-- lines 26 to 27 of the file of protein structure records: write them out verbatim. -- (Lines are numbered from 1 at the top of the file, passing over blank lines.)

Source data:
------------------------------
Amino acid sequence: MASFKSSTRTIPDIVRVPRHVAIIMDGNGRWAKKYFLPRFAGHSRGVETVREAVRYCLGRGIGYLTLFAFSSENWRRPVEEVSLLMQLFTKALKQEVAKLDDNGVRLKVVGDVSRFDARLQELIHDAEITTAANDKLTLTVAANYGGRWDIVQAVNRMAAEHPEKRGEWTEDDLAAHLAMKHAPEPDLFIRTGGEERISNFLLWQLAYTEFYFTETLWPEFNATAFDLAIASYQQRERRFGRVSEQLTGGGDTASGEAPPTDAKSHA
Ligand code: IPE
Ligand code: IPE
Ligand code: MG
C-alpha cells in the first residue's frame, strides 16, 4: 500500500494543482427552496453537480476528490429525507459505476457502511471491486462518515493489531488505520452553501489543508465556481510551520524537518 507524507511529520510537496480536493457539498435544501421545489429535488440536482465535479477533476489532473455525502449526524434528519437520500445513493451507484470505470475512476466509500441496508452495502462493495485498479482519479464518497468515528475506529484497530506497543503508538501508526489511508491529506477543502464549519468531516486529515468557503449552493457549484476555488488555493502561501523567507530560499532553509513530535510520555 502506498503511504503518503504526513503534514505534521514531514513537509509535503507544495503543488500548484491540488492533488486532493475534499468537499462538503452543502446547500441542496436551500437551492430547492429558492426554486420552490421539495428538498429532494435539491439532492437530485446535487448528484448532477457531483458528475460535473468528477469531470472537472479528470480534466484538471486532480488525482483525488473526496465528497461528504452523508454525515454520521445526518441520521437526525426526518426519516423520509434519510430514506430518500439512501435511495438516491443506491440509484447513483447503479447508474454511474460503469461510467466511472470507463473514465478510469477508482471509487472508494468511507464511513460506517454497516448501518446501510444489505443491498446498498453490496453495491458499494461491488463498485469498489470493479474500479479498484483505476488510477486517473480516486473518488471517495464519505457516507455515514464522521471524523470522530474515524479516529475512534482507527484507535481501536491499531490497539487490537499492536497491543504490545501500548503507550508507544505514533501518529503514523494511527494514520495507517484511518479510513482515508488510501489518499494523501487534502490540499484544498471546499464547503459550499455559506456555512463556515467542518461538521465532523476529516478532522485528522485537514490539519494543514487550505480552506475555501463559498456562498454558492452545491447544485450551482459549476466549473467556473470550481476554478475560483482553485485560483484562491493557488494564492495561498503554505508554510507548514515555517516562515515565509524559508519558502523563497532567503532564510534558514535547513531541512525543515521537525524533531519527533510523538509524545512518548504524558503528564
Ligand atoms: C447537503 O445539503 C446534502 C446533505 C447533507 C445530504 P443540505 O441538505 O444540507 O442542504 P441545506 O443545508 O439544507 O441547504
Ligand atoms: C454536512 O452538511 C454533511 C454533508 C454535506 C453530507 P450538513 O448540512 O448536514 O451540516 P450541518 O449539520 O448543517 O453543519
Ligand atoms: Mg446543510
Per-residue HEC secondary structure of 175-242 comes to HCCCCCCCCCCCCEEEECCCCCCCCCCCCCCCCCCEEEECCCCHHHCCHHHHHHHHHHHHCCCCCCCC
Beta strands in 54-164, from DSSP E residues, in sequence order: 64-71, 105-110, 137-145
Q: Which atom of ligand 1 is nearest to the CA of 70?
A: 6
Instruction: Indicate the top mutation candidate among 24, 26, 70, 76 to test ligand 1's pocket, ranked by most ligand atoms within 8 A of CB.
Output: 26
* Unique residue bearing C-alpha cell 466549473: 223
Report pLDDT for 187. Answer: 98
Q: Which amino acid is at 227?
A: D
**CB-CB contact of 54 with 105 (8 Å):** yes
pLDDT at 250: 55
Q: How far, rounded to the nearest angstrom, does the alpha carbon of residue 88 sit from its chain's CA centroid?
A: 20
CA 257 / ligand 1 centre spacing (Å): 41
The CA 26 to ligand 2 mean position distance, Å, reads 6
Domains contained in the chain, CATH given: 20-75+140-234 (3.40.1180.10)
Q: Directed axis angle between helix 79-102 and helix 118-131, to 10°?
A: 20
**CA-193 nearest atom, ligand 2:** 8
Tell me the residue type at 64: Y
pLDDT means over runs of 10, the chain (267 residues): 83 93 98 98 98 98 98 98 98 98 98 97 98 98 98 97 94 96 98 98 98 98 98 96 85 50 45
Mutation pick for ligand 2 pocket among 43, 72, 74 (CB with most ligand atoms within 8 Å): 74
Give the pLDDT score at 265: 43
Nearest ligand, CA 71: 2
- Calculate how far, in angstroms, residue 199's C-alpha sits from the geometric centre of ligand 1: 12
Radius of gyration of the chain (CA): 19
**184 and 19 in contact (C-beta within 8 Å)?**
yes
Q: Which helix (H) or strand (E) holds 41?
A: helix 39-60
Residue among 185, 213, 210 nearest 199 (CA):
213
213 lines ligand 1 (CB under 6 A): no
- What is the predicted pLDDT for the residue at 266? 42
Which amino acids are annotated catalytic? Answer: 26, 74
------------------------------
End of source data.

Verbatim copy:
Q: Directed axis angle between helix 79-102 and helix 118-131, to 10°?
A: 20